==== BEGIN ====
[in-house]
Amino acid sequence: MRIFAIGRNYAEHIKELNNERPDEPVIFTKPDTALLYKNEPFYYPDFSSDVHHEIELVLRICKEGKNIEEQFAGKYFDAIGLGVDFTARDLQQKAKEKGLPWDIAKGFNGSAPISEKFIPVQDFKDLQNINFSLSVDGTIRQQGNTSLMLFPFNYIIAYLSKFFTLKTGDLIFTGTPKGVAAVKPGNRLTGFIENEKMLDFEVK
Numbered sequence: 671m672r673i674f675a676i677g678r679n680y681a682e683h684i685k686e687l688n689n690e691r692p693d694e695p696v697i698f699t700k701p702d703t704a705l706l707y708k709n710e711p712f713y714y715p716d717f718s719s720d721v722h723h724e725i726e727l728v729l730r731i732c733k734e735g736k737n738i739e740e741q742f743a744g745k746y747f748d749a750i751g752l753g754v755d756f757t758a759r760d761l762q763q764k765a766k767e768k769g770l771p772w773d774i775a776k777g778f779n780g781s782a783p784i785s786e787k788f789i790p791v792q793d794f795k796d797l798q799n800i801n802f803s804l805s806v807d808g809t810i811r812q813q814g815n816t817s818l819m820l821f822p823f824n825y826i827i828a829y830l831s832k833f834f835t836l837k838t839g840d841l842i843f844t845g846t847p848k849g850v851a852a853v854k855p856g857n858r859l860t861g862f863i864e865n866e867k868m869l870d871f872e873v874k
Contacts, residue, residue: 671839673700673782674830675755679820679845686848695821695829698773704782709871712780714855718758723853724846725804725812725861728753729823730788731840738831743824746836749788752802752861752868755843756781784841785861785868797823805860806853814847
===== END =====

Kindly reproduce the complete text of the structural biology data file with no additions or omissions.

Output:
[in-house]
Amino acid sequence: MRIFAIGRNYAEHIKELNNERPDEPVIFTKPDTALLYKNEPFYYPDFSSDVHHEIELVLRICKEGKNIEEQFAGKYFDAIGLGVDFTARDLQQKAKEKGLPWDIAKGFNGSAPISEKFIPVQDFKDLQNINFSLSVDGTIRQQGNTSLMLFPFNYIIAYLSKFFTLKTGDLIFTGTPKGVAAVKPGNRLTGFIENEKMLDFEVK
Numbered sequence: 671m672r673i674f675a676i677g678r679n680y681a682e683h684i685k686e687l688n689n690e691r692p693d694e695p696v697i698f699t700k701p702d703t704a705l706l707y708k709n710e711p712f713y714y715p716d717f718s719s720d721v722h723h724e725i726e727l728v729l730r731i732c733k734e735g736k737n738i739e740e741q742f743a744g745k746y747f748d749a750i751g752l753g754v755d756f757t758a759r760d761l762q763q764k765a766k767e768k769g770l771p772w773d774i775a776k777g778f779n780g781s782a783p784i785s786e787k788f789i790p791v792q793d794f795k796d797l798q799n800i801n802f803s804l805s806v807d808g809t810i811r812q813q814g815n816t817s818l819m820l821f822p823f824n825y826i827i828a829y830l831s832k833f834f835t836l837k838t839g840d841l842i843f844t845g846t847p848k849g850v851a852a853v854k855p856g857n858r859l860t861g862f863i864e865n866e867k868m869l870d871f872e873v874k
Contacts, residue, residue: 671839673700673782674830675755679820679845686848695821695829698773704782709871712780714855718758723853724846725804725812725861728753729823730788731840738831743824746836749788752802752861752868755843756781784841785861785868797823805860806853814847